The problem was my meditation practice was extremely difficult and required great effort and time to achieve the effortless state. I began to search for something easier. My readings led me to try Zen, which, while intellectually satisfying yielded no repetition of the state of no thought only pure awareness. I tried several other practices and even religions until one day I received a phone call that was to be another turning point in my life.

My best friend had gone off college and suggested that I leave my job with the Forest Service and continue my education. I think he just wanted someone to share the rent with but it got me there.

When I arrived on campus to find Maharishi Mahesh Yogi teaching a course about meditation and training young men and woman like me how to teach Transcendental Meditation, a mantra-based meditation practice. I snuck into his lectures and listened attentively and knew this was the spiritual practice I had been seeking.

At the advice of my new friends, I went to ask Maharishi if he would personally teach me. Maharishi was rarely on time anywhere and I waited outside his door a long time for him to emerge. When he finally came out the door there were a number of people waiting like me, some to ask a question, some pay their respects. With about a dozen people ahead of me in the line I waited for my turn, but then I had the thought that I shouldn’t take his time, that I should instead dedicate myself to freeing his time so he could bring this knowledge of meditation and its philosophy to as many as possible, that I should work to serve him selflessly without regard to my own needs and desires. In that moment, I took the Bodhisattva vow and walked away to learn Maharishi’s Transcendental Meditation from one of his teachers.

I knew I had found what I was looking for in my first meditation. Upon learning I experienced quite easily that state of mindlessness I had been struggling so hard for. I knew for certain that TM worked for me when I was walking down the street feeling the perfect bliss within yet realizing that nothing what so ever had happened in my life save for meditation to make it so.

Within six months of beginning the practice, I had gone from a 1.28 GPA to a 4.0, typical of TM practitioners, and had made the decision to become a TM Teacher. I am dyslexic and while blessed with an IQ in the top 1% school had been hell for me, a constant struggle, all that had changed for the better. I became a teacher of Transcendental Meditation in 1972; I am extremely grateful to Maharishi for all his teachings and wisdom that have shaped my life.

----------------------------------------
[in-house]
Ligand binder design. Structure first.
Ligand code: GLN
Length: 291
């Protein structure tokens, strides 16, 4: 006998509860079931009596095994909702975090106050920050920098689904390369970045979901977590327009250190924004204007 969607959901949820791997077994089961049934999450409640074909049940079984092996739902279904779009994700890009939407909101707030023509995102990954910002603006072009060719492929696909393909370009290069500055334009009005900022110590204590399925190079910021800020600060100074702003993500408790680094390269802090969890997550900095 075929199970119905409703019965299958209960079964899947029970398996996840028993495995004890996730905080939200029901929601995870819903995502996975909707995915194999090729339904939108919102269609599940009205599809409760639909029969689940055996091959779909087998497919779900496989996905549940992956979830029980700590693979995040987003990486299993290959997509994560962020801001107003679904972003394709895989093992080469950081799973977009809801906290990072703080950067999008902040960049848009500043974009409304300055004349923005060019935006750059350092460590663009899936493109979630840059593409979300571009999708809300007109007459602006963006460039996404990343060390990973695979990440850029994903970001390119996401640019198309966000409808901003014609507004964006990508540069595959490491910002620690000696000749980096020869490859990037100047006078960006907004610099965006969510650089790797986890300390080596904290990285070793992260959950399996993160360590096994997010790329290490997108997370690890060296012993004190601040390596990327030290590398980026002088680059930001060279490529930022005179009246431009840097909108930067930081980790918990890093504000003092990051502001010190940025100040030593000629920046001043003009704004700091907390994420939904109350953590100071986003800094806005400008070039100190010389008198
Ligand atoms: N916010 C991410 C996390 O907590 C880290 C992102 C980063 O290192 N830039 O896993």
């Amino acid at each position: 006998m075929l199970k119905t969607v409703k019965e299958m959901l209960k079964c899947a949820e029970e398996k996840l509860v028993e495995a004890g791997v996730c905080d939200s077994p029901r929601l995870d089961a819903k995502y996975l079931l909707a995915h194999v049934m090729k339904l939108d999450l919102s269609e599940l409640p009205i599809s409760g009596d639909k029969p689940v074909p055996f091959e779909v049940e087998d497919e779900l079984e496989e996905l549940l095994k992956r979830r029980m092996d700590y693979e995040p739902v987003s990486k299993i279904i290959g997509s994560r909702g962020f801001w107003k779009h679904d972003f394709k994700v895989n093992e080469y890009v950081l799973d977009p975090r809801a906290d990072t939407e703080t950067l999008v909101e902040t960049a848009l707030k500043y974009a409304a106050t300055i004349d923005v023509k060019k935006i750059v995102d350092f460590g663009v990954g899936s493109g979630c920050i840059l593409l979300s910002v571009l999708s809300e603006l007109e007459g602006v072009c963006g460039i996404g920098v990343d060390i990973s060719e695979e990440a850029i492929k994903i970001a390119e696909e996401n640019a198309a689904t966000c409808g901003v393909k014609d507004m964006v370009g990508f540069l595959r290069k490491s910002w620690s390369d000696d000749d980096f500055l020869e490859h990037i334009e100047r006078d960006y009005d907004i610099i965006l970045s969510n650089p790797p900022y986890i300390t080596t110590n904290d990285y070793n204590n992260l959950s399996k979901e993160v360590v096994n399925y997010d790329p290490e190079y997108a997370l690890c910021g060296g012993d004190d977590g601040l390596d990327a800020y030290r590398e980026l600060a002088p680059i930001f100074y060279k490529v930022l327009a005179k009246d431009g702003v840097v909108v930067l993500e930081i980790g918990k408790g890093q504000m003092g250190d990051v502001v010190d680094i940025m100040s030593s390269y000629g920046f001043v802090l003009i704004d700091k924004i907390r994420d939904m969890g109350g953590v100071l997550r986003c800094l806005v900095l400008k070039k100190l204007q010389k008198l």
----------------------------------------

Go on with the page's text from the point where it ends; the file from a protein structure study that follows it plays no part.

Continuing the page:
After many years of practice, I had a classical awakening into higher consciousness. Now living in non-duality or as Maharishi described it “living 200%, the fullness of the absolute and the relative lived completely and utterly together.

Website: http://michael-lovelightlaughter.org

A differentiated view of TM 


Maharishi speak about the life of Guru Dev Swami Brahmananda Saraswati in the Ashram Of his Master Swami Krishnananda Saraswati. Audio 1961. Guru Purnima.

Eckhart Tolle leads a meditation on “The Power of the Present Moment” at Wisdom 2.0 2014.

Try this exercise to develop mindfulness by meditating on one’s thoughts…

Perhaps at some time you have sat quietly by the side of an ocean or river. At first there is one big rush of sound. Listening quietly, you begin to hear a multitude of subtle sounds: the waves hitting the shore, the rushing current of the river.

In that peacefulness and silence of mind you experience precisely what is happening. It is the same when you listen to yourself. At first all you can hear is one “self” or “I,” but slowly this self is revealed as a mass of changing elements, thoughts, feelings, emotions, and images, all illuminated simply by listening, by paying attention.